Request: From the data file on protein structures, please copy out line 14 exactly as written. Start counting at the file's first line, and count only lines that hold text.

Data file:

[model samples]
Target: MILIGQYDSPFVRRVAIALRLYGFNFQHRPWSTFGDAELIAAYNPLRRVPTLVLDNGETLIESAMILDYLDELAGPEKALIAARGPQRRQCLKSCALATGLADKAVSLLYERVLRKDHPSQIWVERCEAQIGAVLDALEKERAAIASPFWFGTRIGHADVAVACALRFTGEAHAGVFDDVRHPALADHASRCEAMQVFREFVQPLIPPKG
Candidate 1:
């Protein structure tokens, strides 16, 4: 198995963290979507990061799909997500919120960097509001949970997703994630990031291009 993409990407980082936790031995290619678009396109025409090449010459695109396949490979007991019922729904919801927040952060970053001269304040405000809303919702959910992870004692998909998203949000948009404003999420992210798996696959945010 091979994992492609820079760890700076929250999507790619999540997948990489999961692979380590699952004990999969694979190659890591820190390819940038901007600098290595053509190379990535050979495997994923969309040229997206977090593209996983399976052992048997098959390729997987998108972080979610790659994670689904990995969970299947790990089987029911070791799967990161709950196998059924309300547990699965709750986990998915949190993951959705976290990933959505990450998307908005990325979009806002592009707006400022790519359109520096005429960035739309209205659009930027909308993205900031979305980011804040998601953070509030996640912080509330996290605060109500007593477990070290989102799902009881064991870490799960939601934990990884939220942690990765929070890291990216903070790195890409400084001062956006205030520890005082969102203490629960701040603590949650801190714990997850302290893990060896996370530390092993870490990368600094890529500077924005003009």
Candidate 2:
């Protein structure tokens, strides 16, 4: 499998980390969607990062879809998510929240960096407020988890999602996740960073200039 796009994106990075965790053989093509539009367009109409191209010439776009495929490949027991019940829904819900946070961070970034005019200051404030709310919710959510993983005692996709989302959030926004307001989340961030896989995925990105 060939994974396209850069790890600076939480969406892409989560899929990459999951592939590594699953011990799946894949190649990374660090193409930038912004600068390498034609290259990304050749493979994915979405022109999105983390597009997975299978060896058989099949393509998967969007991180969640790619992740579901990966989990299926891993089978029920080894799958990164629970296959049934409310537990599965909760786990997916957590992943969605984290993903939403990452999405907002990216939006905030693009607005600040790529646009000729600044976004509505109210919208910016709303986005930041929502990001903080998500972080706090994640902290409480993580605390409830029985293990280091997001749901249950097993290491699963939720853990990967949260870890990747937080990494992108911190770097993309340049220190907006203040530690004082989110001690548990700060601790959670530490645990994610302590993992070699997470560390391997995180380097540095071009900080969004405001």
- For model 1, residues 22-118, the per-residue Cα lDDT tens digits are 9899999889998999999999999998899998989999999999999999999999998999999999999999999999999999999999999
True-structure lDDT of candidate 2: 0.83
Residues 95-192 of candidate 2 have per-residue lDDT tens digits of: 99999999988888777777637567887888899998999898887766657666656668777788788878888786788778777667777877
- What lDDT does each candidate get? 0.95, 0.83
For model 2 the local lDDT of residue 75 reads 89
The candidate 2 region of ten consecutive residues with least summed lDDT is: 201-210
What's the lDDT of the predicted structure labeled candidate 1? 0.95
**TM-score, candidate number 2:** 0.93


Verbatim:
**TM-score, candidate number 2:** 0.93